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Here comes Armstrong-Opoly

| Tuesday, July 30, 2013, 12:01 a.m.

Move over Marvin Gardens — Armstrong-Opoly is here.

Do not pass go and do not collect $200. Instead, take $30 of authentic United States of America currency (Parker Bros. beige, white and yellow bills are non-negotiable), and go directly to the Armstrong County Tourist Bureau and purchase a first edition Armstrong-Opoly game.

As part of the celebration of its 50th anniversary, the bureau created this special game and will kick off its sale at the Fort Armstrong Folk Festival. Orders for the game can be arranged in advance; however, distribution of Armstrong-Opoly begins Aug. 1.

This unique game can be purchased at the office at Market and North Jefferson Streets during regular business hours (8 a.m.-4:30 p.m., Monday through Friday) and at the Bureau's mobile site in the festival grounds.

According to Kevin Andrews, director of the Tourist Bureau, many months were spent considering this idea, which was proposed by Charity McEntire, employment coordinator for Armstrong County.

“It was really a collaborative effort,” says McEntire. “The Tourist Bureau did an excellent job of seeing it to completion and I am flattered to have been able to participate in the process.”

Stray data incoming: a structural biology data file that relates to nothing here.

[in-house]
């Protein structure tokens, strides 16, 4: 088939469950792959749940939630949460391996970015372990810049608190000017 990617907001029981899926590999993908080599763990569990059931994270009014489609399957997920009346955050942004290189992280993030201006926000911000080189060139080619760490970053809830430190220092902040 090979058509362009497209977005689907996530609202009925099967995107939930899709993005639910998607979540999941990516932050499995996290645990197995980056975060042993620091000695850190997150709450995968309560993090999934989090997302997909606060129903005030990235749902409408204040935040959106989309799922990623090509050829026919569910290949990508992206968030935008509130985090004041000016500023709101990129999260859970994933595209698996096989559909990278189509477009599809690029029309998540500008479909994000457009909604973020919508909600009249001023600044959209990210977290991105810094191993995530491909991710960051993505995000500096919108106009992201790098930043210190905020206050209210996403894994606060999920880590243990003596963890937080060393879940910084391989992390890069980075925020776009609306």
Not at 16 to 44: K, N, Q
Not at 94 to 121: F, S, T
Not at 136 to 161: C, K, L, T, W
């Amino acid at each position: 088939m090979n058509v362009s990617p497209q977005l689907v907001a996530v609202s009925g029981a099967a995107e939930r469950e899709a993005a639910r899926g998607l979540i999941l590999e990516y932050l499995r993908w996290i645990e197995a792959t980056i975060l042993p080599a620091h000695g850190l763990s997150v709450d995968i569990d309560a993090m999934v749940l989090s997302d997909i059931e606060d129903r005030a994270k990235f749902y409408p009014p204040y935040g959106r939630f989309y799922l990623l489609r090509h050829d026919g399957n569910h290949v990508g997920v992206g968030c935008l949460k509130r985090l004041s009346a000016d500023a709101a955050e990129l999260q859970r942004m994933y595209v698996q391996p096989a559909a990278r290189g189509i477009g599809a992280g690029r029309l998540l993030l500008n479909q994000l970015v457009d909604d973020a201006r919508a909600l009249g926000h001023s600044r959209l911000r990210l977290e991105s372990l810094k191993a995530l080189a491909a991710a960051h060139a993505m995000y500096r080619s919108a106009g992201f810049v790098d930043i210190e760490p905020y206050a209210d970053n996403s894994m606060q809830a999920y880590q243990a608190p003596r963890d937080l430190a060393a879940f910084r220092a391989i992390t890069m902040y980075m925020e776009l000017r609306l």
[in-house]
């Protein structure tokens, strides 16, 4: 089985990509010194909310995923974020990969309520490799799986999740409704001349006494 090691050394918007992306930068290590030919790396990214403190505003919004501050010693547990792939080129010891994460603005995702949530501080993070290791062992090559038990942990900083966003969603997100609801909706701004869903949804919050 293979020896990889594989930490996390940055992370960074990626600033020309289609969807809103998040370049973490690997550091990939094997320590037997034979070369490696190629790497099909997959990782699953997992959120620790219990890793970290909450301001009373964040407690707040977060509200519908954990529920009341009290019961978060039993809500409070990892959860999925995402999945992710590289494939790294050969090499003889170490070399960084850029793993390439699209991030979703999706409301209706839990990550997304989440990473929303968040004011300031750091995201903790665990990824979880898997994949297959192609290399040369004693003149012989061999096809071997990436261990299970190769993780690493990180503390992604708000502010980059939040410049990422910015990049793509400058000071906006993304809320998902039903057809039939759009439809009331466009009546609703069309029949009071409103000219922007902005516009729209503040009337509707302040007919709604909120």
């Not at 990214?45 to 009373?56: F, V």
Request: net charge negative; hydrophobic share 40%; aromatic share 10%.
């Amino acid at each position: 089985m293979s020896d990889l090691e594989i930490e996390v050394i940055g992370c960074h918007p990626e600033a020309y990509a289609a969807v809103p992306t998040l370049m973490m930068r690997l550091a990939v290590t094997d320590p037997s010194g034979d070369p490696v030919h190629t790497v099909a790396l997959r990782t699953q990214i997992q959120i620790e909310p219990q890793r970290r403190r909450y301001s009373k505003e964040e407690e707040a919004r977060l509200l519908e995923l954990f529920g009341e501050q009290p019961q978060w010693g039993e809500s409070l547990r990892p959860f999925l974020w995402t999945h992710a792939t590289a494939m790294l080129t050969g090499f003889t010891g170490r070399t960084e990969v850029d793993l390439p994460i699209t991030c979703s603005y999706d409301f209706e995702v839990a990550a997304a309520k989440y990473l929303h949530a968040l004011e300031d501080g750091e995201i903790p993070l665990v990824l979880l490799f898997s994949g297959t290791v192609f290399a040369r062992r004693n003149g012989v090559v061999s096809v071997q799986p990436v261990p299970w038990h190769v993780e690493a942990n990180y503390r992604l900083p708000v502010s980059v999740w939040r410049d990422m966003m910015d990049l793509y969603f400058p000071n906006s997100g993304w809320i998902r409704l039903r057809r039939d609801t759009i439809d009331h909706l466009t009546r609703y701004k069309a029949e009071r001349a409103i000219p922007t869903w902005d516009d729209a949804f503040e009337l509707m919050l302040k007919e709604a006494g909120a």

The end product is not a Monopoly-wannabee. Although the overall play is similar, everything else is all Armstrong.

There is no Baltic Avenue and jail sentences are few. Property deeds are local names of those who helped to sponsor the project.

“We sent announcements to all Tourist Bureau members,” Kevin Andrews explains, “and the response allowed us to fill up the board.”

Images of well-known places, such as the Kiski Junction Railroad, as well as familiar experiences, such as following an Amish buggy to Smicksburg, help to keep the theme.

It's good-bye top hat and Scottie dog. Players will make their way around Armstrong with the help of a miner's helmet, deer antlers, a bicycle, caboose, speedboat or tractor.

Regardless of how you get there, the Tourist Bureau will be happy to supply buyers with what could become a true classic.

Diane Orris Acerni is a Leader Times correspondent.

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